Monday, October 01, 2007

A History of Hostility

Monday, October 1, 2007 -- Week of Proper 21
(Remigius, Bishop of Rheims, c. 530)

"Morning Reflections" is a brief thought about the scripture readings from the Daily Office of Morning and Evening Prayer according to the practice found in the Book of Common Prayer of the Episcopal Church.

Morning Prayer begins on p. 80 of the Book of Common Prayer.
Evening Prayer begins on p. 117
An online resource for praying the Daily Office is found at
Another form of the office from Phyllis Tickle's "Divine Hours" is available on our partner web site at this location --

Audio Podcasts of today's "Morning Reflection" and those from the past week are available from (go to St. Paul's Home Page and click "Morning Reflection podcast")

Today's Readings for the Daily Office (p. 986)
Psalms 89:1-18 (morning) 89:19-52 (evening)
2 Kings 17:24-41
1 Corinthians 7:25-31
Matthew 6:25-34

In 2 Kings 17 we see the beginning of centuries of division and animosity. In the early 700's BCE Sargon II of Assyria sent over 27,000 inhabitants of Israel into exile. People from other nations and cultures were resettled in the capital Samaria and other cities. So much of the land was abandoned that lions began to prowl and attack, so the Assyrians sent priests from exile back into Israel/Samaria to appease the God of that land so the lions would retreat.

The remnant of those left in Israel continued to worship according to their ancient Jewish traditions. Residents from other places brought with them their gods and traditions. Jewish Samaritan worship continued alongside other traditions.

In 588 the southern kingdom of Judah was defeated and by the Babylonians and many of its residents from Jerusalem and elsewhere were sent into exile. In 459 Ezra led about 5,000 Jews from Babylon to rebuild Jerusalem and the Temple. When their relatives from Samaria offered to help with the rebuilding efforts, Ezra rebuffed them curtly, regarding them as heretics. The groups became hostile toward one another.

Around 330 the Samaritan Jews rebuilt their Temple on Mount Gerizim. When threatened by the Syrian despot Antiochus IV Epiphanes (175-164 BCE), they avoided bloodshed by allowing the Temple on Mount Gerizim to be renamed for the Greek deities. In Jerusalem, Antiochus defiled the Jerusalem Temple by sacrificing swine and installing his own priests, prompting the Maccabbean revolt which expelled the Syrians and installed a short-lived Jewish dynasty. In 128, one of the Jewish Maccabean generals destroyed the Jewish Samaritan Temple on Mount Gerizim. Later Samaritans suffered both Christian and Moslem hostilities. Today there are a few hundred Jewish Samaritans left, though they have been severely threatened by the Intifadas and Jewish-Palestinian clashes, trying to remain neutral, for the most part.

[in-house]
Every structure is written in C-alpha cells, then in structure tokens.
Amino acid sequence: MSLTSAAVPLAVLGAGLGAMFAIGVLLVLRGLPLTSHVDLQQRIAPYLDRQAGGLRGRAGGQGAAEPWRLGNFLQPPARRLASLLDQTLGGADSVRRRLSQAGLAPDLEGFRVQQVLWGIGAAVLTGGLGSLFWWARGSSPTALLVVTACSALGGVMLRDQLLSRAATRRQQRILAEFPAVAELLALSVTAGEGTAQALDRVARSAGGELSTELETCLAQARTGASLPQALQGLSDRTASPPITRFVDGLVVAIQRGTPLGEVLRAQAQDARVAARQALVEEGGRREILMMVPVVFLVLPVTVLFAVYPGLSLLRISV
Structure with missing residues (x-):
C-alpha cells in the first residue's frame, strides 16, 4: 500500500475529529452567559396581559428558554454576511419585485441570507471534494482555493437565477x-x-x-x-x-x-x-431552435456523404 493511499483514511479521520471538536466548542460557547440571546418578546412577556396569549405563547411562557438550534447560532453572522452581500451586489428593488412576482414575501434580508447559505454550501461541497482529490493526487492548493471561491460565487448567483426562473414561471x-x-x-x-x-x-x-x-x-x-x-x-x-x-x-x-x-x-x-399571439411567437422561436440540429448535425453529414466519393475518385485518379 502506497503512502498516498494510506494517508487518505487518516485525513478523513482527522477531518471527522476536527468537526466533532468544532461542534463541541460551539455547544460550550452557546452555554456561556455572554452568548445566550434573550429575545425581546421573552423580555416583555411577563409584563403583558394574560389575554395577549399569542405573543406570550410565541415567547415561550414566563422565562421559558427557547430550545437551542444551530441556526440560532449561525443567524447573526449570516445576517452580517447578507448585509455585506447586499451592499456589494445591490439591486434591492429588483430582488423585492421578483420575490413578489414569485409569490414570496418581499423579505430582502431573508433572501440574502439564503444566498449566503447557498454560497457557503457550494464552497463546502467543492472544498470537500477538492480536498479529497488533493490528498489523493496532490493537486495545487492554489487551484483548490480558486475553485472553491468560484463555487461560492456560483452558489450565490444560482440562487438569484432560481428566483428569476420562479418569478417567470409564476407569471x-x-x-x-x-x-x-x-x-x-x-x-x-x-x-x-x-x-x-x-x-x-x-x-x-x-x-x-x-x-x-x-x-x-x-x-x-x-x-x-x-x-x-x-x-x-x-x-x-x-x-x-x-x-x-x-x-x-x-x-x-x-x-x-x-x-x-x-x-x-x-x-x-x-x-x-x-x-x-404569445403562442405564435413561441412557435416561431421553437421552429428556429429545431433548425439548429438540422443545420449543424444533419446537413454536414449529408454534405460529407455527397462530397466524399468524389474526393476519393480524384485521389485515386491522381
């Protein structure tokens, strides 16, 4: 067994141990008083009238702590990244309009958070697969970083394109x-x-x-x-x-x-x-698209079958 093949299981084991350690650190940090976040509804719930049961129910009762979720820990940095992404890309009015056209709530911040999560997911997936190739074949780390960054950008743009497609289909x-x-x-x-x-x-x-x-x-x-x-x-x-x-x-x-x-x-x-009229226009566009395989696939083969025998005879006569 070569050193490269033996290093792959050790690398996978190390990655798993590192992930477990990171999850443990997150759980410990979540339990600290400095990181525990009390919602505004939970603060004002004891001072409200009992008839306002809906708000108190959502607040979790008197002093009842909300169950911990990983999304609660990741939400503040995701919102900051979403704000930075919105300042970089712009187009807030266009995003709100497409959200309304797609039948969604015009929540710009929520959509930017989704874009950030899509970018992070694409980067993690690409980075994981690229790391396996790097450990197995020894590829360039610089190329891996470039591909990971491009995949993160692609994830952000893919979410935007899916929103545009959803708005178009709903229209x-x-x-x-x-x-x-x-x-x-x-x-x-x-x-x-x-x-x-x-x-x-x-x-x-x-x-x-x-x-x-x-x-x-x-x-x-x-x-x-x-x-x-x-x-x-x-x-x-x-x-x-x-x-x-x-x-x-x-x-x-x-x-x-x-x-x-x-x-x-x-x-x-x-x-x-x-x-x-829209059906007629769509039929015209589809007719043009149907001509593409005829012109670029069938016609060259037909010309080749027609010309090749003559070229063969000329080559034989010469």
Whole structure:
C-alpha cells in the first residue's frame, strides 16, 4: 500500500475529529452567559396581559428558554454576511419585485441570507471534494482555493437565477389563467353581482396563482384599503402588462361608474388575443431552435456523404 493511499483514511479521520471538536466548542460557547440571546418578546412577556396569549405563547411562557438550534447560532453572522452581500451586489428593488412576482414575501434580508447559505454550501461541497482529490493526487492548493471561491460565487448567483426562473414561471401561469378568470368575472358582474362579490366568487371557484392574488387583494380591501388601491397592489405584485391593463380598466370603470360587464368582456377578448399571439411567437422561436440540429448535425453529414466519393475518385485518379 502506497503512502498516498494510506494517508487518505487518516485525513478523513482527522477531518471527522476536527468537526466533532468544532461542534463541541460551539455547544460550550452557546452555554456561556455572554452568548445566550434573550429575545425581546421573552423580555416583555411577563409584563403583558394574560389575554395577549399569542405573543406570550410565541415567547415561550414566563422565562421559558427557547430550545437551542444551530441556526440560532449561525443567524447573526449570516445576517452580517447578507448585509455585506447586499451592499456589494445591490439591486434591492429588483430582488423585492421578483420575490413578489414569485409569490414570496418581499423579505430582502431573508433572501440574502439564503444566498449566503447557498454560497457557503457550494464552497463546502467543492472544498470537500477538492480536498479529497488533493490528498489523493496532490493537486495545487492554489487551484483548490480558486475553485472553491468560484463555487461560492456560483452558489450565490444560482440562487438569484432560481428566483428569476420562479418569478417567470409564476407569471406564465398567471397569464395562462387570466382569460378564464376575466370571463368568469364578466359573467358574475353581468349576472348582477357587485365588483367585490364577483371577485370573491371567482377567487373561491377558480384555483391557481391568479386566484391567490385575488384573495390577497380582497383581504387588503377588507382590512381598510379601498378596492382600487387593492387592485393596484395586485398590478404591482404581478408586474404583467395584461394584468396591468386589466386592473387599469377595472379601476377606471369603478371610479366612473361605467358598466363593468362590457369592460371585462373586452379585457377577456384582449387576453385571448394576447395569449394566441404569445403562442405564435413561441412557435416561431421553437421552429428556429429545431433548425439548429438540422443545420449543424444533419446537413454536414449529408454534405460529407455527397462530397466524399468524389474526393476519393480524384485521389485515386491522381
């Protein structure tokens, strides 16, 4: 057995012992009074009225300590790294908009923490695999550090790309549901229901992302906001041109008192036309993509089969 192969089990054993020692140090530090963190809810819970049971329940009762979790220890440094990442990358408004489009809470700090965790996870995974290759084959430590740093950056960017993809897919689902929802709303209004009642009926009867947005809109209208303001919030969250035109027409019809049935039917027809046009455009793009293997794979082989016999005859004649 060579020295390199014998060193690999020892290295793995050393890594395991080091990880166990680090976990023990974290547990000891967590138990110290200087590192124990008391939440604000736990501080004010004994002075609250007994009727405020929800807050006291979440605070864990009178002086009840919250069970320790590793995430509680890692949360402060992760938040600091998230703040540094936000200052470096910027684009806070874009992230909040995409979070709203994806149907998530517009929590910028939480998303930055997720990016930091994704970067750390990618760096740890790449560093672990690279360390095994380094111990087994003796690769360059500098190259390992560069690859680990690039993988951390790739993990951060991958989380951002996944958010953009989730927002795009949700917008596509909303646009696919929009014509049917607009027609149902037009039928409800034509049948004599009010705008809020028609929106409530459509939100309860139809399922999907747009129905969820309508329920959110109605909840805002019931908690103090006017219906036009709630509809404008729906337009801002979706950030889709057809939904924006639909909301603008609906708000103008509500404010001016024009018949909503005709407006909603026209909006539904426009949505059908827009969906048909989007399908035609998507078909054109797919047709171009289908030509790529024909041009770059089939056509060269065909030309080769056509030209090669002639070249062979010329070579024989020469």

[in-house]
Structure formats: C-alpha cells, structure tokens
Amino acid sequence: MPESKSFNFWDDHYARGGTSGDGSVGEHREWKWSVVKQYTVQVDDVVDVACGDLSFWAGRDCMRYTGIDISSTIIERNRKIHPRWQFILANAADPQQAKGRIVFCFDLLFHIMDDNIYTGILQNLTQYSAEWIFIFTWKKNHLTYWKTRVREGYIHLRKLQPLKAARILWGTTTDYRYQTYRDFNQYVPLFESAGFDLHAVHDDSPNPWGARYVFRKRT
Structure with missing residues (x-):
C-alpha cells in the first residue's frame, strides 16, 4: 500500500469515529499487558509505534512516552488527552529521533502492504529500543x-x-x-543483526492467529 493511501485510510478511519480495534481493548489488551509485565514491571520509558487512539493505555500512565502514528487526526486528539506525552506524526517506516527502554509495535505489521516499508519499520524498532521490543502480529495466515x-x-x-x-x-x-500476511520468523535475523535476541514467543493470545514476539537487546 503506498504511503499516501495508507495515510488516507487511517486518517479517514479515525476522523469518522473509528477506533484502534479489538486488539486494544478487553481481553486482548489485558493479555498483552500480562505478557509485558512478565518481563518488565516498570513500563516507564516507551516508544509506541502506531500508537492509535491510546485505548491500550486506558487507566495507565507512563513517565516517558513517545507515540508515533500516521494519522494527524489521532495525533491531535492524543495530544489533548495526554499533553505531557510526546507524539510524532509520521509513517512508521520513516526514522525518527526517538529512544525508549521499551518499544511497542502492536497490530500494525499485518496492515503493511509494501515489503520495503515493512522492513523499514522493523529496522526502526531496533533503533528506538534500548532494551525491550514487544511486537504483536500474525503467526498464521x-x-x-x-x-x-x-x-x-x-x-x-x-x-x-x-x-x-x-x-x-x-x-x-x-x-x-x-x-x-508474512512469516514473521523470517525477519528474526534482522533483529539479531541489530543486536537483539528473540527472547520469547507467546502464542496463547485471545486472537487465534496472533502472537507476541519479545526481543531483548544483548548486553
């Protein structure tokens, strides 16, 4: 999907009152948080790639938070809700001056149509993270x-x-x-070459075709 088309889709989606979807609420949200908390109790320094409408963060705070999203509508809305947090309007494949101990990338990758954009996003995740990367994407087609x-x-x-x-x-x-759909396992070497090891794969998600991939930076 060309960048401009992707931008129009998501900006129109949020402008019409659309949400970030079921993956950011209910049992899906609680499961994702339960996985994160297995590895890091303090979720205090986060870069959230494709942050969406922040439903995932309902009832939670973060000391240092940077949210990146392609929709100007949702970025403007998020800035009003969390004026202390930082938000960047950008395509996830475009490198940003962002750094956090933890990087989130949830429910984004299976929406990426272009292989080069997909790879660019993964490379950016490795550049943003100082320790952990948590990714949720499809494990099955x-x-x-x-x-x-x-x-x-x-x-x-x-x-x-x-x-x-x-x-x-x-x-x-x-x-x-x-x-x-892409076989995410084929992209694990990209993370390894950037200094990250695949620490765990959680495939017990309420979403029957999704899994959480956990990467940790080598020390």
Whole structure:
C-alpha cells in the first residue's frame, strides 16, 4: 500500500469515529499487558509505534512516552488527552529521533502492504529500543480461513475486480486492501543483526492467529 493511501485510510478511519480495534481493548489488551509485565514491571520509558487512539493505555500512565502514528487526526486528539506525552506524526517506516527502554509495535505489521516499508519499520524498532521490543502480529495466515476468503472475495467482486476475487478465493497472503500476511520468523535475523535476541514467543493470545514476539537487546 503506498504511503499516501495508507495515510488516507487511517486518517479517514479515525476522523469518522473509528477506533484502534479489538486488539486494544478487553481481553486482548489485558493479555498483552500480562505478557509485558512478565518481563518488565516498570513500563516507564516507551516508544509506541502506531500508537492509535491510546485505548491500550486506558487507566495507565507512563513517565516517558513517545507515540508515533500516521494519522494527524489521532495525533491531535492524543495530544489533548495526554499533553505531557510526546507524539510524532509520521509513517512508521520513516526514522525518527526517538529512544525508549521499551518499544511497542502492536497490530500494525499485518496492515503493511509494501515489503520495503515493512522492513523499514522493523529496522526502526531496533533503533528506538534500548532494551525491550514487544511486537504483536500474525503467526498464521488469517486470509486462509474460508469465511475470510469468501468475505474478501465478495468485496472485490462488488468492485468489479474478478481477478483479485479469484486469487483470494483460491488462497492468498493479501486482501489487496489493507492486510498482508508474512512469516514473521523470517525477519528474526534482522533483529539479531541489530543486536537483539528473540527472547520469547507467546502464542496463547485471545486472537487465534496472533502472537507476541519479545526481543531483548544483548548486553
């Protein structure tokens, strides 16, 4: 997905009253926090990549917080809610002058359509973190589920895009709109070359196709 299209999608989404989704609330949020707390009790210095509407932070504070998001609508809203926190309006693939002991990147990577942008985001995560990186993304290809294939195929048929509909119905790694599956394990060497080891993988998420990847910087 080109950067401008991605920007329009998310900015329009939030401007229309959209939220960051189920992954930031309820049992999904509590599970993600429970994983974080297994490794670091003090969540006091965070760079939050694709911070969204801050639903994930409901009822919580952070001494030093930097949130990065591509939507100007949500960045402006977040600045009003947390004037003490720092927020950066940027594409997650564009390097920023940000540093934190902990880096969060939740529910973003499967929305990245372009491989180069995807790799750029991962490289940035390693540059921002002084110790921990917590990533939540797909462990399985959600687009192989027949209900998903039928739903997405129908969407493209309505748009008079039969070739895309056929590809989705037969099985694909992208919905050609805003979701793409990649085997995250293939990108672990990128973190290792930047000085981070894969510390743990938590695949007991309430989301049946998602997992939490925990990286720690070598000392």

We pick up the history of Jewish-Samaritan hostilities several places in our Gospel. Jesus tells a story with the shocking subject of a good and compassionate Samaritan. He has a remarkable visit with a Samaritan woman in John's gospel. One of the singular characteristics of Jesus is his refusal to accept his culture's centuries of animosity toward Samaritans and his open and charitable relations with them.

How different might our world be if all Christians were as generous as Jesus toward those of different faiths and those whom our cultures tell us are enemies, evil or threatening.

I can't let the sermon "do not worry about your life" pass without offering one of my favorite quotes from Robert Wicks. It is called "Paradigm of Openness."

Have low expectations and high hopes. Have low expectations of people so you don't force them directly or indirectly to meet certain anticipations you might have as to how they should or should not respond to you and your actions. But have high hopes for them based on a ruthless faith in God that something good, something dear and beautiful will come of it if you are looking and listening with an open heart.

Forgive yourself and other people for their defensiveness. Being cautious is natural for faithless and hopeless persons -- and we all fall into this category more or less.

Be as open as possible to being surprised by the encounter. In other words, we must not look for our god and reactions that we feel would be important and right. We must position ourselves instead to see whatever we will see amidst the joy, pain, apathy, anxiety, peace, depression, or tension we experience. When we are truly open, we will be surprised by something in the encounter. And that surprise -- that unique presence of God -- can be called by another name: holiness. (from Robert J. Wicks, "Living Simply in an Anxious World")

Maybe there is a connection between Jesus' free attitude toward the Samaritans and Wicks' "Paradigm of Openness."



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The Rev. Lowell Grisham
Paul's Episcopal Church
Fayetteville, AR

The Mission of St. Paul's Episcopal Church is to explore and celebrate
God's infinite grace, acceptance, and love.

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At 2:31 PM, Blogger The Underground Pewster said...

The "Paradigm of Openness" should pop up on the screen whenever you click on someone else's blog. In particular the low expectations but high hopes part.


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